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Guatemala's "embryonic" asylum system lacks capacity to serve as safe U.S. partner, experts say

The acting secretary of Homeland Security, Kevin McAleenan, visited Guatemala this week to discuss the implementation of a so-called 'safe third country' agreement to reduce the avalanche of asylum cases at the border. But experts wonder if a poor country, ravaged by violence like Guatemala, is an appropriate immigration partner.
2 Ago 2019 – 05:52 PM EDT
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President Donald Trump, walks to acting Department of Homeland Security Secretary Kevin McAleenan, seated right, and Guatemalan Interior Minister Enrique Degenhart in the Oval Office of the White House in Washington, Friday, July 26, 2019. Trump announced that Guatemala is signing an agreement to restrict asylum applications to the U.S. from Central America. Crédito: Carolyn Kaster/AP

Guatemala’s immigration authority lacks the capacity to handle a potential surge in asylum claims under a proposed ‘safe third country’ agreement with the United States, according to immigration officials and experts.

It’s asylum section has only four officers and hasn’t resolved a case this year, according to the United Nations High Commission on Refugees (UNHCR) in Guatemala. The office received only 262 asylum requests in 2018 and 204 so far in 2019, with 423 cases awaiting a decision.

“It’s a really embryonic asylum system,” said Susan Fratzke, a former official in the U.S. Department of State’s Bureau of Population, Refugees, and Migration who is now a policy analyst with the Migration Policy Institute’s (MPI).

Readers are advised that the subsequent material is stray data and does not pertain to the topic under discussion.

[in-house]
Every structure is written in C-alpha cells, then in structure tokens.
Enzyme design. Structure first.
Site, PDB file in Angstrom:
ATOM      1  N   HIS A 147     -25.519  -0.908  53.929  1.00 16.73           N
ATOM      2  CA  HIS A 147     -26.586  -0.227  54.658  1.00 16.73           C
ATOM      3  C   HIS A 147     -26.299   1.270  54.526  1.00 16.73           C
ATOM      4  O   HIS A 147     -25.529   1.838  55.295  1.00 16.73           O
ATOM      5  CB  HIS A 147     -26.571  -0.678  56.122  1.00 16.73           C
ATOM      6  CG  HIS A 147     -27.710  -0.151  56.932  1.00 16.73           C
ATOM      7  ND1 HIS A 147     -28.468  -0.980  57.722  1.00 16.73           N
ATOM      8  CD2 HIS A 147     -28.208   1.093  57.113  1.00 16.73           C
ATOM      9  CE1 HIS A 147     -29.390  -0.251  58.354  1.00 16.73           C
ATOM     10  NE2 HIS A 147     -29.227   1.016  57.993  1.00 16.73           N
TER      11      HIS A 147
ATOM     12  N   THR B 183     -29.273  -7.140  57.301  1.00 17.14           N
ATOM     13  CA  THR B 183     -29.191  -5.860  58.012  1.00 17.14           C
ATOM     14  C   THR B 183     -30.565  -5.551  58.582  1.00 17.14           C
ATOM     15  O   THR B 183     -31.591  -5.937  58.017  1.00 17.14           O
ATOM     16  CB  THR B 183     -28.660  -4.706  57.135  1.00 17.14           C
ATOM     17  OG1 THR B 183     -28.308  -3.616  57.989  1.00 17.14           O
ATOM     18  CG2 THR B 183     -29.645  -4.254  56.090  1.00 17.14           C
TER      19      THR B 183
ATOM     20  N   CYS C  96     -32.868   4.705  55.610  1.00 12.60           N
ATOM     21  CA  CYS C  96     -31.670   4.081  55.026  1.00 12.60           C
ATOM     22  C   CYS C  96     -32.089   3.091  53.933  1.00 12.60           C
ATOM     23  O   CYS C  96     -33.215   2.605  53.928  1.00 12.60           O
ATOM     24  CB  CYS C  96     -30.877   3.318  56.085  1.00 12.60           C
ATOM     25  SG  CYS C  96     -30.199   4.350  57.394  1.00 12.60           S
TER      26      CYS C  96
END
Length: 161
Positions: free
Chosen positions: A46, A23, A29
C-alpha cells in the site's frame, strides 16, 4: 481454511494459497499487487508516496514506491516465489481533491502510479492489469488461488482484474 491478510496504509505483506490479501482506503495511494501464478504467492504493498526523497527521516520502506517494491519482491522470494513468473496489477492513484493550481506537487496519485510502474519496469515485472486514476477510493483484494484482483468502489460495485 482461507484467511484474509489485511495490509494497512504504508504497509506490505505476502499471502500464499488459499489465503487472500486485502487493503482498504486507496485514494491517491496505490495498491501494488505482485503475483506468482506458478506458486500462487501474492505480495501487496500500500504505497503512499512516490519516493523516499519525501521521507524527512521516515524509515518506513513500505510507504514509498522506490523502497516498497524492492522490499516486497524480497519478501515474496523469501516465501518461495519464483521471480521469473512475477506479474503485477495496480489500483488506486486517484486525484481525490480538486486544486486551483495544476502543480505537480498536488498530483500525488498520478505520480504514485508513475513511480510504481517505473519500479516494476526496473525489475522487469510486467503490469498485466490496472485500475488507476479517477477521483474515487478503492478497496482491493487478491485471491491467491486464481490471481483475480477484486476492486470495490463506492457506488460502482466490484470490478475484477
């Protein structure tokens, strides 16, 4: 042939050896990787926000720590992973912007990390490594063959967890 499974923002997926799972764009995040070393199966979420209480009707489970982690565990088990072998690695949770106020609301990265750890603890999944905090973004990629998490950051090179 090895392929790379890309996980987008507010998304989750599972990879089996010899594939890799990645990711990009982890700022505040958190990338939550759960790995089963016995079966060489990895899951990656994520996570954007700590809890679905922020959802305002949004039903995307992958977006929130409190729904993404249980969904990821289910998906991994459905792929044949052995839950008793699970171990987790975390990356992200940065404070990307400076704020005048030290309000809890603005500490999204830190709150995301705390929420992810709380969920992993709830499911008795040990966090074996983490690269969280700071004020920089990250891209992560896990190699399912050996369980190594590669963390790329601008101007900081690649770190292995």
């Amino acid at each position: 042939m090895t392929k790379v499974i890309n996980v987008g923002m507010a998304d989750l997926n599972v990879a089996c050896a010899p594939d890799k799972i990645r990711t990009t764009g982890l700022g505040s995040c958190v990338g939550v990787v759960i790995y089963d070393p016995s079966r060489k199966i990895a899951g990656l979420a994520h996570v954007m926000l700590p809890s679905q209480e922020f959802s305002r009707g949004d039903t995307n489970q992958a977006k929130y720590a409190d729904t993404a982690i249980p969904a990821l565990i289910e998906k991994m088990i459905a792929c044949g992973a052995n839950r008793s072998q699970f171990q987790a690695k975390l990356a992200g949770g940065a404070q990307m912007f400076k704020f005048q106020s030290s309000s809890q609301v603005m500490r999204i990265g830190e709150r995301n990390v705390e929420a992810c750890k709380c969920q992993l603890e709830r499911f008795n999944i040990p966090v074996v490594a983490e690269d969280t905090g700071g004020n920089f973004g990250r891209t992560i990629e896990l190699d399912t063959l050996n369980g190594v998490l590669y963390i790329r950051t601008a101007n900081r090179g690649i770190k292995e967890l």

The US and Guatemala signed a safe third country agreement last week that would require asylum-seekers traveling through the Central American country to first seek protection there, a deal that could drastically limit U.S. asylum eligibility to thousands of would-be migrants from countries such as Honduras and El Salvador.

“We’re in a very rushed situation and we have very few people to handle the cases. We are charging our batteries for what’s coming,” said a staff member in the national Office of Human Rights who asked to remain anonymous.

While Guatemala is signatory of international refugee conventions and created its own asylum system in 2001, it receives so few applications that the commission that adjudicates cases rarely meets, according to international experts who note the pressing nature of other national priorities such as combating poverty, unemployment, insecurity, organized crime, gang violence, and corruption.

The Trump administration recognized as much this week during a visit to Guatemala by acting Homeland Security Secretary Kevin McAleenan. In a statement published on the U.S. embassy website on Wednesday, ambassador Luis Arreaga noted the need for “enhanced capacity”, adding that “the United States continues to support the Guatemalan government’s efforts to reform its asylum system and could, subject to the President’s approval, provide more enhanced support to Guatemala’s refugee protection system.”

The Trump administration is seeking ways to ease the wave of migrants flooding the U.S. immigration system at its southern border, although many questions remain about how the agreement will be executed. President Donald Trump has hailed the deal with Guatemala, saying it will “put the coyotes and smugglers out of business.” The two countries had been negotiating over it for months, and Trump threatened to impose tariffs or other punitive measures on Guatemala if it didn’t reach a deal.